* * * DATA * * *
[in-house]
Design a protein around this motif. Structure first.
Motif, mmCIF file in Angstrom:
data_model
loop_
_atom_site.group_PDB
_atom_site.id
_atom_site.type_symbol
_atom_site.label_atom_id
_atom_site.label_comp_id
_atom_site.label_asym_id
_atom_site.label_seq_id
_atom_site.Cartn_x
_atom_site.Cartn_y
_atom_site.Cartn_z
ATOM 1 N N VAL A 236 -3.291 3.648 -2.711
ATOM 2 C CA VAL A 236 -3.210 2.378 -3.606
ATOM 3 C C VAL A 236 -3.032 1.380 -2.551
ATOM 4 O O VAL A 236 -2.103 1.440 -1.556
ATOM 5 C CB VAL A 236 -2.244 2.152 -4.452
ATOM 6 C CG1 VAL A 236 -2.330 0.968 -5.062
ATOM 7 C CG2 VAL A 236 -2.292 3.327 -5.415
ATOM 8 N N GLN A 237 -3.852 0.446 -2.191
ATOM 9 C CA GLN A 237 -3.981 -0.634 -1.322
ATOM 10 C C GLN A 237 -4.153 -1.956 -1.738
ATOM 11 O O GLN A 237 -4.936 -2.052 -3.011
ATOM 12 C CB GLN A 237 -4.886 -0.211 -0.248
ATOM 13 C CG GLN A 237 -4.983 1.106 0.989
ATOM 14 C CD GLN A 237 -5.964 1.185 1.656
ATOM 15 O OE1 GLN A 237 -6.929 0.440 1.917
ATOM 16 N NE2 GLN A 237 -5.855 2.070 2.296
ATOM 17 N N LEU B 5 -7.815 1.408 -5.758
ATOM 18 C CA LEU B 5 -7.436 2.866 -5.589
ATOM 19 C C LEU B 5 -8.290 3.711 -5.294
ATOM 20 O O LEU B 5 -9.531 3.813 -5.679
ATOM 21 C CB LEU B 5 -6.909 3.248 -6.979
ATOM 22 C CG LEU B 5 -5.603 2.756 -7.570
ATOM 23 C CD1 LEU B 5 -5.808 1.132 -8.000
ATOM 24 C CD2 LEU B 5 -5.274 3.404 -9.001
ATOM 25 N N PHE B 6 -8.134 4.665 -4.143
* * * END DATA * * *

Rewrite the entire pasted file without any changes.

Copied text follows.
[in-house]
Design a protein around this motif. Structure first.
Motif, mmCIF file in Angstrom:
data_model
loop_
_atom_site.group_PDB
_atom_site.id
_atom_site.type_symbol
_atom_site.label_atom_id
_atom_site.label_comp_id
_atom_site.label_asym_id
_atom_site.label_seq_id
_atom_site.Cartn_x
_atom_site.Cartn_y
_atom_site.Cartn_z
ATOM 1 N N VAL A 236 -3.291 3.648 -2.711
ATOM 2 C CA VAL A 236 -3.210 2.378 -3.606
ATOM 3 C C VAL A 236 -3.032 1.380 -2.551
ATOM 4 O O VAL A 236 -2.103 1.440 -1.556
ATOM 5 C CB VAL A 236 -2.244 2.152 -4.452
ATOM 6 C CG1 VAL A 236 -2.330 0.968 -5.062
ATOM 7 C CG2 VAL A 236 -2.292 3.327 -5.415
ATOM 8 N N GLN A 237 -3.852 0.446 -2.191
ATOM 9 C CA GLN A 237 -3.981 -0.634 -1.322
ATOM 10 C C GLN A 237 -4.153 -1.956 -1.738
ATOM 11 O O GLN A 237 -4.936 -2.052 -3.011
ATOM 12 C CB GLN A 237 -4.886 -0.211 -0.248
ATOM 13 C CG GLN A 237 -4.983 1.106 0.989
ATOM 14 C CD GLN A 237 -5.964 1.185 1.656
ATOM 15 O OE1 GLN A 237 -6.929 0.440 1.917
ATOM 16 N NE2 GLN A 237 -5.855 2.070 2.296
ATOM 17 N N LEU B 5 -7.815 1.408 -5.758
ATOM 18 C CA LEU B 5 -7.436 2.866 -5.589
ATOM 19 C C LEU B 5 -8.290 3.711 -5.294
ATOM 20 O O LEU B 5 -9.531 3.813 -5.679
ATOM 21 C CB LEU B 5 -6.909 3.248 -6.979
ATOM 22 C CG LEU B 5 -5.603 2.756 -7.570
ATOM 23 C CD1 LEU B 5 -5.808 1.132 -8.000
ATOM 24 C CD2 LEU B 5 -5.274 3.404 -9.001
ATOM 25 N N PHE B 6 -8.134 4.665 -4.143